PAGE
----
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AXPONA 2022 Show Report By Enjoy the Music.com

 

Rick Becker's AXPONA 2022 Chronicles
Rick's 7th Floor Exploration At AXPONA 2022.
AXPONA 2022 Show Report By Rick Becker

 

Rick Becker's AXPONA 2022 Chronicles Rick's 7th Floor Exploration Of AXPONA Show Report

 

  The first Upscale Distribution room piqued my interest with an inside look at the Sbooster, a "linear toroidal power supply with heavy shielding and noise filtration." These typically replace OEM wall warts and they come with a variety of connectors for the DC end going into your component. My DIY replacement of just the DC power cord coming from the upgraded power supply to my Calyx 24/192 DAC proved to me how critically important an external power supply can be. My new Charisma Audio Musiko turntable comes with a small switch-mode power supply so a review sample of a Sbooster seems like a golden opportunity. They are available in a variety of voltages for almost any component and range in price from $399 to $514.

 

 

Equally intriguing was this miniature Tannoy corner horn, specifically designed for songbirds with a ported entry at the rear. Order a handful and hang them around your yard for a complete wireless surround sound serenade.

 

 

More gorgeous than ever was the Pathos Acoustics Inpol Remix Mk II hybrid integrated amplifier, a pure Class A design with 6922 input tubes. It is seen here with an optional matte Zebrawood veneer. Alas, Pathos has not taken my suggestion to reverse the heat sink on the right side so their name reads correctly without having to use a mirror. The amp starts at $5395 in matte black; add $500 for optional finishes, and another $675 if you would like a DAC included.

 

 

One of Cabasse's top-selling models is this Pearl wireless active ultra-compact 2.1 system. It's not inexpensive at $3000, but you won't have to buy a bigger desk for your home office. Kevin Deal should be punished for having so much good gear only on silent display.

 

 

In the second Upscale Distribution room was this larger swank Cabasse monitor. It reminded me of an even larger Cabasse speaker, about 1m in diameter on a shorter stand, that I saw at Montreal years ago, tri-amplified by Bel Canto monoblocks in a very large room. The Pelegrinas (Cabasse's flagship model) shown here ($30k) was just as impressive and more applicable to normal-size rooms. Lots of resolution and air coming from this point-source coaxial design. A small component off to the side accepts multiple sources and the power amps reside in the balls. The Pelegrinas is unobtrusive in size, though not visually inconspicuous. Aside from the visual presence of the speaker, sonically the speakers disappear — the music just hangs in the air. Given the forward-facing coaxial drivers, you do not notice them moving, unlike the Devialet with their woofers visibly pulsating on their sides.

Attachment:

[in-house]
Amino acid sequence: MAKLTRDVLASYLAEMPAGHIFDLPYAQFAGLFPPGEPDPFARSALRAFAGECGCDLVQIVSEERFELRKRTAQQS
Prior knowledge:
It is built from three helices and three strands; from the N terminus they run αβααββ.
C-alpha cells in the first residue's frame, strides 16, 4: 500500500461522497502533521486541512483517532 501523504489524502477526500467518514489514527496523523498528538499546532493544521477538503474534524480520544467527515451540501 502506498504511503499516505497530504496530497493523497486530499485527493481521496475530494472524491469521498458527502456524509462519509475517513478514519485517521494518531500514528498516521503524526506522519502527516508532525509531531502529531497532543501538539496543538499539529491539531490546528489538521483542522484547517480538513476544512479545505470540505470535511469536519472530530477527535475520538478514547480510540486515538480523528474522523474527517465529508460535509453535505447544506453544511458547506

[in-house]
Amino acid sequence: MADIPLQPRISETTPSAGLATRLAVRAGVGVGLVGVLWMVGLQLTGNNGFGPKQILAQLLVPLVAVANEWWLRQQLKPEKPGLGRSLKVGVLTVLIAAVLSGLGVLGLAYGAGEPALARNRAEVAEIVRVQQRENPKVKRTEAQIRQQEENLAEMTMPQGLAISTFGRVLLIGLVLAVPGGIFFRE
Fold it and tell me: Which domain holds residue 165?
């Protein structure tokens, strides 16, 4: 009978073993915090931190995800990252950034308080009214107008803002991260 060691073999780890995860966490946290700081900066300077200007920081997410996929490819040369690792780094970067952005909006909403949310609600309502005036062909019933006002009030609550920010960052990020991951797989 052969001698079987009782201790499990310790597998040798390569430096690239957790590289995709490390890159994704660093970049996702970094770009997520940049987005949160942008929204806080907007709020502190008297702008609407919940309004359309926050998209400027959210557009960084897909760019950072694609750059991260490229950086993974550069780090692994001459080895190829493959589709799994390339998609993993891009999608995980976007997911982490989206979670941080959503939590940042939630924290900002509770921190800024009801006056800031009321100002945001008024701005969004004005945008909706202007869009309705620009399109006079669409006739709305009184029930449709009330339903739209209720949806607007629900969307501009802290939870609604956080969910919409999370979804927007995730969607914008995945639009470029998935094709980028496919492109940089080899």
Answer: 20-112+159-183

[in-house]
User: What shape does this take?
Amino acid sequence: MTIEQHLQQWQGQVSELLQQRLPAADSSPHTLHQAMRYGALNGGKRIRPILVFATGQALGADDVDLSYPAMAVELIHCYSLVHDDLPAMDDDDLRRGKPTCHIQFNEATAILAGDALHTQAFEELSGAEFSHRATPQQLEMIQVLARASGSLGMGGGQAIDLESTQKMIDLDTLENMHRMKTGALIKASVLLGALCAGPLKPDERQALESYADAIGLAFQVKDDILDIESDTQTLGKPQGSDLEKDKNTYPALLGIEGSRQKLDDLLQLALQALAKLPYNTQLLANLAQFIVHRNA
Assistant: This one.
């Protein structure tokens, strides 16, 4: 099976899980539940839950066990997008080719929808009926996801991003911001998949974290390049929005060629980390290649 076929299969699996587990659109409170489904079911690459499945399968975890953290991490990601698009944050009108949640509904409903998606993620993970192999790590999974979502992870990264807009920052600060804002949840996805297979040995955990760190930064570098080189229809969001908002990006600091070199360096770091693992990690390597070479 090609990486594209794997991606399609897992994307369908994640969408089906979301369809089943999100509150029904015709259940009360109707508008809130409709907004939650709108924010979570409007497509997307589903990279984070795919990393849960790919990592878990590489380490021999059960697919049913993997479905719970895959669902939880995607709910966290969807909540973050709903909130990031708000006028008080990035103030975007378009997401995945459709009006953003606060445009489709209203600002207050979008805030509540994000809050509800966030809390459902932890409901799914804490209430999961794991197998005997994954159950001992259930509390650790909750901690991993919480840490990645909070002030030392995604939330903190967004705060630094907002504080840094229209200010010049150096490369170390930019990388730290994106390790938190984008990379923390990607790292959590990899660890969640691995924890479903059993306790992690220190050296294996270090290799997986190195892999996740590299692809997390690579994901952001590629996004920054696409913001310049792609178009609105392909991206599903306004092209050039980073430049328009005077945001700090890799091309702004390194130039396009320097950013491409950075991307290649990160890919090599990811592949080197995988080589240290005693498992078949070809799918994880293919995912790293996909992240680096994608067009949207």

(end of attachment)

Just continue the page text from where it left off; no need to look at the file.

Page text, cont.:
I met Bruce Jacobs of Stillpoints at several points in the show and was very impressed with his room where they premiered their new ESS Ultra stand that combined their Rail Grids with Ultra 7 and Ultra 6 footers on each of the five levels. A special shelf for turntables did not arrive in time for the show, so they went with a Wolf Alpha SX server ($10.5k). The ESS rack itself was $65k. Yes, I had to ask him twice to verify the price.

A Bricasti M1 SE Mdx DAC ($10k) fed the Viola Audio Labs Sonata two-chassis preamp ($33.8k). A Viola Cadence amp ($35k) drove Rockport Technologies Atria II speakers sitting on Stillpoints Ultra 7 footers for a cost of nearly $38k. There was a Stillpoints Component Stand with Ultra 6 footers (~$6k) and eight Stillpoints Apertures — 2' square room treatment/tuners that can be used on stands out in the room or mounted on a wall. Madison Audio Labs Eclipse AG XLR interconnects and speaker cables tied it all together. Telos, a company Stillpoints imports, provided the QRC line conditioner ($13.2k) and AC cables ($3200). A Shunyata Research Sigma USB cable ($2k) connected to the DAC. I went into the pricing here because the system totaled out close to $247k, far more than it looked at first glance and far more than probably should have been squeezed into this size room. The sound here was very good and also somewhat familiar given my Kharma speakers are close in signature to the Rockport Atria II. It also screamed for a larger room.

 

 

Most intriguing was this little antenna-like doobie that plugs in between the power cord and (in this case) the Wolf server. Covid has wiped out my recollection of what Bruce told me about it, but I suspect it is somewhat like the Grounding Devices I've used from Audio Sensibility, though the Stillpoints here has multiple ‘antennae' and looks very durable.

 

 

I've seen and experienced the effect of the Stillpoints Aperture squares before and they can be quite effective, particularly on stands placed in front and slightly outside the speakers. In this small room they placed them as shown here, and in the corner behind the speakers, plus two others I didn't notice.

 

 

 

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